News and updates on research on livestock value chains by the International Livestock Research Institute and partners

Tuesday, July 17, 2012

New study maps global hotspots of poverty and zoonotic diseases

Orma Boran cattle crossing a river in Kenya
Orma boran cattle crossing a river. A new study has mapped the global hotspots of poverty and human-animal diseases (photo credit: ILRI/R. Dolan).

A new study has mapped global hotspots of poverty and zoonoses (diseases transmissible between animals and humans) and found that a relatively small number of countries – notably India, Ethiopia, and Nigeria – have a disproportionate share of poor livestock keepers and zoonotic disease burden.

The study also revealed that the burden of human and animal diseases can be linked to just a few zoonoses. For this reason, targeting these zoonoses is likely to be an effective use of scarce resources.

These and other findings are contained in a new collaborative research report, Mapping of poverty and likely zoonoses hotspots, by the International Livestock Research Institute (ILRI), the Institute of Zoology (UK) and the Hanoi School of Public Health in Vietnam.

The report to the UK Department of International Development (DFID) presents data and expert knowledge on poverty and zoonoses hotspots to inform prioritization of study areas on the transmission of disease in emerging livestock systems in the developing world, where prevention of zoonotic disease might bring greatest benefit to poor people.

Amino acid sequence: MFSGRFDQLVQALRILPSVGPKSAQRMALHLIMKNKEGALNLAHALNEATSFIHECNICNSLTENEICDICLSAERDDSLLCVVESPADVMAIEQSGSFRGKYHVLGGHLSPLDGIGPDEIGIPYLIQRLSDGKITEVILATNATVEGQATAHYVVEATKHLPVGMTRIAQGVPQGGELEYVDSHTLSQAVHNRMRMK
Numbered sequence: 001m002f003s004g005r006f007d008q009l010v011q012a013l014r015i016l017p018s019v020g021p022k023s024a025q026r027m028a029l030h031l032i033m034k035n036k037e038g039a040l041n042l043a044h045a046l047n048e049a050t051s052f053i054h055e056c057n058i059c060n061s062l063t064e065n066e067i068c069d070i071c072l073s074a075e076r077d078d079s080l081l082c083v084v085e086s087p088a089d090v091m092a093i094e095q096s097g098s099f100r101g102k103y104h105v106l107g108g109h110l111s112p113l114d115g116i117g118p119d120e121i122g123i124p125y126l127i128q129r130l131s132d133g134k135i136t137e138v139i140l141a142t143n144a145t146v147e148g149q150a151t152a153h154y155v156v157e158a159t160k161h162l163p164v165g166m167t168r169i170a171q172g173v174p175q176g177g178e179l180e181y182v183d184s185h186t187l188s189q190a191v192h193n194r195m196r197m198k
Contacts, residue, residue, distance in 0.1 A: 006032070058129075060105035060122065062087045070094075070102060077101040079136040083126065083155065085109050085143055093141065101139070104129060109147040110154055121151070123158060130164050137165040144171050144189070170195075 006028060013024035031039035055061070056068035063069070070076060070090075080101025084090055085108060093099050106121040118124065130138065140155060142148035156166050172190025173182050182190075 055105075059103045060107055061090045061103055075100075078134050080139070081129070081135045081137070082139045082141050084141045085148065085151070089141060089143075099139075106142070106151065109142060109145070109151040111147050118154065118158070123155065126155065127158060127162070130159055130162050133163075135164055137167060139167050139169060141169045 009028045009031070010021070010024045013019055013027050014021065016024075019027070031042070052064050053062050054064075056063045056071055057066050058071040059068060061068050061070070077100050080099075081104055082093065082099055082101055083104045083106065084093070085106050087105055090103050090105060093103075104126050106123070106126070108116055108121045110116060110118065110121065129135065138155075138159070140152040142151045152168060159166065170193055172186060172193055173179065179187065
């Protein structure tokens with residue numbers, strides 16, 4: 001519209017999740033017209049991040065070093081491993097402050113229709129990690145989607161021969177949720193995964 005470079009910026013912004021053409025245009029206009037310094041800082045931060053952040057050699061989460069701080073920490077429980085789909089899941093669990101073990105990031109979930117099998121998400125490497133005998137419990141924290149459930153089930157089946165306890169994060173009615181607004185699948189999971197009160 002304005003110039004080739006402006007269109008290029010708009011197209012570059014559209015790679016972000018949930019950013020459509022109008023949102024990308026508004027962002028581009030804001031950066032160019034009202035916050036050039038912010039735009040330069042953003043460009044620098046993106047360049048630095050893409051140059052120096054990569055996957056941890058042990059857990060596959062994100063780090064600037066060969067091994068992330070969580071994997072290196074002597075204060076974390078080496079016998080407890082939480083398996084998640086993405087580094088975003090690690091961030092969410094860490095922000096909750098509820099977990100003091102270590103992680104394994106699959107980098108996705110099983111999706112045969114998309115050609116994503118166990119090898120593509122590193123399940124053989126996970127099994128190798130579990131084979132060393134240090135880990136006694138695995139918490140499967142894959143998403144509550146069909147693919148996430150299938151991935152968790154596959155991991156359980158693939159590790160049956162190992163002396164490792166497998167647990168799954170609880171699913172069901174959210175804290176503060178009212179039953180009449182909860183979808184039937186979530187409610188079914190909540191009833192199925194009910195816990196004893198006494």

In addition to mapping the hotspots of zoonoses and poverty, the study also identified gaps and opportunities for research to reduce the burden of disease for the zoonoses and regions identified.

These include: 
  • better understanding of the implications for intensification and emerging markets on zoonoses; 
  • models for zoonoses control in emerging markets; 
  • ecosystem models for management of zoonoses with a wildlife interface; 
  • improvement of surveillance for existing and new diseases; 
  • understanding the impacts multiple burdens of zoonoses in order to better allocate resources; and
  • technologies and innovation for detection, diagnosis, prevention, treatment and response. 
Download the report.

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